A married couple’s finances are often combined or otherwise intertwined as a natural consequence of supporting a family unit. When couples decide to separate, each party’s economic stability is necessarily impacted. If you were dependent on your spouse during the marriage, you might need to request spousal support. Conversely, if you were the higher-earning spouse, you may have an obligation to provide spousal support following the divorce. In either case, a skilled alimony attorney can help protect advocate for your financial interests.

Determining spousal support in Connecticut can be complicated, as there is no set formula for calculating alimony. However, several factors can influence the court’s decision on spousal support. Consider speaking with an attorney at Dolan Divorce Lawyers to learn more about how these factors may impact your case.

Calculating Alimony Based on Net Income

When the courts rule on spousal support cases, they typically consider both parties’ net incomes. Only mandatory deductions such as taxes and social security are included in this net income. The court will not subtract voluntary deductions from the parties’ gross incomes, such as contributions to retirement plans or health savings accounts.

The court generally attempts to set a weekly amount for alimony that would accomplish a fair division of the parties’ net income based on the facts of the case. This division might be a 50-50 split. However, the court may aim for a 60-40 split if one party needs more money due to having custody of the children.

Can Spouses Determine Spousal Support on Their Own?

If two parties work with an attorney to negotiate the terms of an alimony agreement, they may present it to the court. Ultimately, a judge will review the terms to determine if they are fair and equitable.

Factors Involved in a Spousal Support Determination

There are many facts that a judge may consider pertinent to a spousal support determination. Some crucial factors in a case may include:

  • The length of the marriage
  • Each party’s age
  • The amount and source of each party’s income
  • Each party’s vocational skills and employability
  • Each party’s needs and the needs of their minor children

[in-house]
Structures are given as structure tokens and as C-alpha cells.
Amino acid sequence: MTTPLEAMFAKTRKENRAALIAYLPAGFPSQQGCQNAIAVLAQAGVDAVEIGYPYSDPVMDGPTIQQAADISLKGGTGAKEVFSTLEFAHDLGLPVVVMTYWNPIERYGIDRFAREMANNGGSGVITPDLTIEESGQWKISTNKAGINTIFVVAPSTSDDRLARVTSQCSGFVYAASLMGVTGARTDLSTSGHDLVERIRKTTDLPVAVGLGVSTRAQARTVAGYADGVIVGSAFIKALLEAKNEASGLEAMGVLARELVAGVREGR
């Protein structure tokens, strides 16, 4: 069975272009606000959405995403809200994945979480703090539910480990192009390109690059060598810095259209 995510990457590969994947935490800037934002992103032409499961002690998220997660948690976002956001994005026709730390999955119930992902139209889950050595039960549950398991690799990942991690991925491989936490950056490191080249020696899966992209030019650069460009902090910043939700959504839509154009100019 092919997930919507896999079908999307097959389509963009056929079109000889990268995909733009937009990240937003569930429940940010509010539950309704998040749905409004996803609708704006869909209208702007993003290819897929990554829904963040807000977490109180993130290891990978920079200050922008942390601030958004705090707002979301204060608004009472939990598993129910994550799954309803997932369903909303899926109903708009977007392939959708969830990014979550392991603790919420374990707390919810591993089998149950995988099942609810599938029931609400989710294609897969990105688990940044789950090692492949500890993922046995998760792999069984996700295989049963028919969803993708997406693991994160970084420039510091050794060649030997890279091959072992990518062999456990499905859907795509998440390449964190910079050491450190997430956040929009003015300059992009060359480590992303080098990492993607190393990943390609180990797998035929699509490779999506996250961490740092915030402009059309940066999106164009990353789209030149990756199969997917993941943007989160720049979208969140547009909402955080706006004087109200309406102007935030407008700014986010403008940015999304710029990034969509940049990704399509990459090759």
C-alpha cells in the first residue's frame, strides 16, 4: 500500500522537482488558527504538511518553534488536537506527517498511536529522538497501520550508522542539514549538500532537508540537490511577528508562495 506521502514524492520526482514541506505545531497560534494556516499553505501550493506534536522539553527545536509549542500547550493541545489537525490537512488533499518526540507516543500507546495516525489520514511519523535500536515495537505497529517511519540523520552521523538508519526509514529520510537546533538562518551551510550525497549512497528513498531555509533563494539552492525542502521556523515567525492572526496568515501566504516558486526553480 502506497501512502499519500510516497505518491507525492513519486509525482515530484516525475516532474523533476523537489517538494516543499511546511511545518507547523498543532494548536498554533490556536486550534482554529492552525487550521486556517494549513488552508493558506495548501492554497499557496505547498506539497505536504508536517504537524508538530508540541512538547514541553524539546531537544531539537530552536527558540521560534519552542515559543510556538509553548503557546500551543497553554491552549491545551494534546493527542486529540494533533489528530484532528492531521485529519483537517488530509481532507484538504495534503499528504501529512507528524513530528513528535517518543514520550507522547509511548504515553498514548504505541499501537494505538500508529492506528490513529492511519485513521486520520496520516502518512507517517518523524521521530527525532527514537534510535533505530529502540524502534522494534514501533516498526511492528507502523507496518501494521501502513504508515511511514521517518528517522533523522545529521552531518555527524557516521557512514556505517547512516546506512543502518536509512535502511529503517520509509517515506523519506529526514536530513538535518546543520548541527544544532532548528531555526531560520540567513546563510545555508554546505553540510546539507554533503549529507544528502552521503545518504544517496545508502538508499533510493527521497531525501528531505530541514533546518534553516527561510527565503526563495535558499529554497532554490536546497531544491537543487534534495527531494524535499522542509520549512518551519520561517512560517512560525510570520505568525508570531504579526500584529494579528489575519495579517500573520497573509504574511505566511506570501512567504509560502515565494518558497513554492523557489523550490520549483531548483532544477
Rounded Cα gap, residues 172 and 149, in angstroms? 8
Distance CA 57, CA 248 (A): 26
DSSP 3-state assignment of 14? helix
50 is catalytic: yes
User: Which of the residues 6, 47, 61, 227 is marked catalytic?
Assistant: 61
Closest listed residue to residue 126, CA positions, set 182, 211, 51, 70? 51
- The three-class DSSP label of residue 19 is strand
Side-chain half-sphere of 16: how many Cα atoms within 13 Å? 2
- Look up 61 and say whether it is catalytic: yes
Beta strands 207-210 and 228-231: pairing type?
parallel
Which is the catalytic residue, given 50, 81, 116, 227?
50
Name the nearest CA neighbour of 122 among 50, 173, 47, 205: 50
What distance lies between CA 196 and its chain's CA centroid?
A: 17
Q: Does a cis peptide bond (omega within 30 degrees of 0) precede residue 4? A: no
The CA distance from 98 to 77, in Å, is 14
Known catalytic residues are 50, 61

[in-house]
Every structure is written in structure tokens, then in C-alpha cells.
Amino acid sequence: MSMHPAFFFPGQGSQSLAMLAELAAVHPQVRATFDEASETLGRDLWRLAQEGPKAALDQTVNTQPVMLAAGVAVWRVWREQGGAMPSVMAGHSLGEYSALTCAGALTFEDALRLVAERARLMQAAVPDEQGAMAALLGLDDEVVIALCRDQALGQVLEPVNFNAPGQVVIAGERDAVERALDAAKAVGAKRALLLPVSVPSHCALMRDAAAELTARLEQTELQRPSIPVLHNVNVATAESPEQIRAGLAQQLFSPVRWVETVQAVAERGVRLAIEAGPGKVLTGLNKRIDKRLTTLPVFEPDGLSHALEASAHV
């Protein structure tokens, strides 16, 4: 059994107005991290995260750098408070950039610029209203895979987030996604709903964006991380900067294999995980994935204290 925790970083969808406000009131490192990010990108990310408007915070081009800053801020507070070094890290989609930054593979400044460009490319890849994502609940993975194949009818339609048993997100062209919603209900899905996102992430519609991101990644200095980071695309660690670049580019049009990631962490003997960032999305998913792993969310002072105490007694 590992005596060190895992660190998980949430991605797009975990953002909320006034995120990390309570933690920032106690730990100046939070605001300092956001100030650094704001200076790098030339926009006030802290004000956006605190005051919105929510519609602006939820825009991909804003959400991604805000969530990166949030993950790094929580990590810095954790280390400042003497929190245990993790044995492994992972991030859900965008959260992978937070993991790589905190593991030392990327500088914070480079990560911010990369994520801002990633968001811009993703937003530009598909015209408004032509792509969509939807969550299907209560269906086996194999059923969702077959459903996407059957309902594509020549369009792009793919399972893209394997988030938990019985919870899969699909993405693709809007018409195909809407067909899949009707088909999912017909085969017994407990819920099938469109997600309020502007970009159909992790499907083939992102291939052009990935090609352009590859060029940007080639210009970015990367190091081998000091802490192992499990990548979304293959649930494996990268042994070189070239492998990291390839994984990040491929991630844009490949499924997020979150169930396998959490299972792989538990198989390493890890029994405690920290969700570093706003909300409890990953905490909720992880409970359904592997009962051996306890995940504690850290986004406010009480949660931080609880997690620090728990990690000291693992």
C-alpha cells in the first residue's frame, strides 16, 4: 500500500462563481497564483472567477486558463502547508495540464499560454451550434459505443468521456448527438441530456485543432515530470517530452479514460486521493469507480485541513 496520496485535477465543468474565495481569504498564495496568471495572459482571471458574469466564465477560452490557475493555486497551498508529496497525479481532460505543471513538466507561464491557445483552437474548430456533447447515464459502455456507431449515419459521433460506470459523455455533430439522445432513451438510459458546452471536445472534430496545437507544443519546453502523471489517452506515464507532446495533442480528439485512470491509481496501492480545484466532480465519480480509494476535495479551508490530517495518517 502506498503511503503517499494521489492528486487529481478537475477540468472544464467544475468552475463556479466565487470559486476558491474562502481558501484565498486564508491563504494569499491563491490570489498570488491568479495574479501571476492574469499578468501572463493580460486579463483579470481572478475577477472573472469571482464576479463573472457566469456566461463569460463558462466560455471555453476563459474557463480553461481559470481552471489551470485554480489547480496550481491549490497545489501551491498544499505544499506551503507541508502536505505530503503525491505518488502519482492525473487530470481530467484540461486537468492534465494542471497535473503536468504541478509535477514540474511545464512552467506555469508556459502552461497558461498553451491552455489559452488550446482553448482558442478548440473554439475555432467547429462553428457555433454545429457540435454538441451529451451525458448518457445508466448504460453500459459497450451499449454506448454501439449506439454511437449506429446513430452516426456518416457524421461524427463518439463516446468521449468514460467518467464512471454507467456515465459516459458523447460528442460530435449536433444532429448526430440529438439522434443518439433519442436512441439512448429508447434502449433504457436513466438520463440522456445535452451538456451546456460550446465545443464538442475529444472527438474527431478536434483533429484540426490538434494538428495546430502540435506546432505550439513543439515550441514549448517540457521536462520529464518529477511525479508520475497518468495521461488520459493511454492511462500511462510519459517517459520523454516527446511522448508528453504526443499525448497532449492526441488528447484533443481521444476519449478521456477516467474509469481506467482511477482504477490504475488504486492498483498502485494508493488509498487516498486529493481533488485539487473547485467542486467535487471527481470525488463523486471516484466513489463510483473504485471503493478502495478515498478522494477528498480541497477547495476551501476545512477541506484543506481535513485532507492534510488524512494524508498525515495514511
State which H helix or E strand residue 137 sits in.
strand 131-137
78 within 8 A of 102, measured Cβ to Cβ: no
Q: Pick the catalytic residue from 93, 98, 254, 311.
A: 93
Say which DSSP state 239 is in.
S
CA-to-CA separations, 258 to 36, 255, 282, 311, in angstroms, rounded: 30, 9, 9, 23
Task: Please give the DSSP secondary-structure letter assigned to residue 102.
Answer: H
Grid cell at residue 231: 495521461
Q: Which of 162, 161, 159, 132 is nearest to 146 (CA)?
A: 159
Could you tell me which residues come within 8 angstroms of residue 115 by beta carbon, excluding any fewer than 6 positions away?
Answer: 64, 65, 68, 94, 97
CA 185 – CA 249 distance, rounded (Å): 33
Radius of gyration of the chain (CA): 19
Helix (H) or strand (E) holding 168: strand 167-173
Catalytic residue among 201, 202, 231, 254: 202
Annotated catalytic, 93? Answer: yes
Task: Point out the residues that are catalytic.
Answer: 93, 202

It is important to note that even if one party is unemployed or earning a much lower wage than the other, the court will examine their earning capacity.

Earning Capacity

In an alimony dispute, a person’s profession, education, vocational skills, and work history can serve as evidence that they can earn more than their current income. Some spouses try to avoid paying alimony by taking a lower-paying job during a divorce. In cases such as these, the other party may argue that their earning capacity should be based on their previous income.

Alternatively, if one party has a medical condition that prevents them from working, this reality can reduce their earning capacity. High medical bills can also influence the court to increase the amount of alimony they receive. Mental health issues can also be factored into the court’s decision, though a psychological evaluation may be required to prove the condition would actually prevent that spouse from obtaining work.

If an individual is healthy, it is generally believed that they should be able to obtain a minimum wage job, even with no work experience. If necessary, either party could retain an earning capacity expert to determine the amount of alimony the court should award.

Understanding the Process of Determining Spousal Support in Connecticut

When two parties file for divorce, spousal support is often a disputed topic. Because spouses generally have conflicting opinions on whether alimony is necessary and how much should be paid, the court has the power to decide what is fair. If you wish to learn more about the process of determining spousal support in Connecticut, schedule a consultation today.

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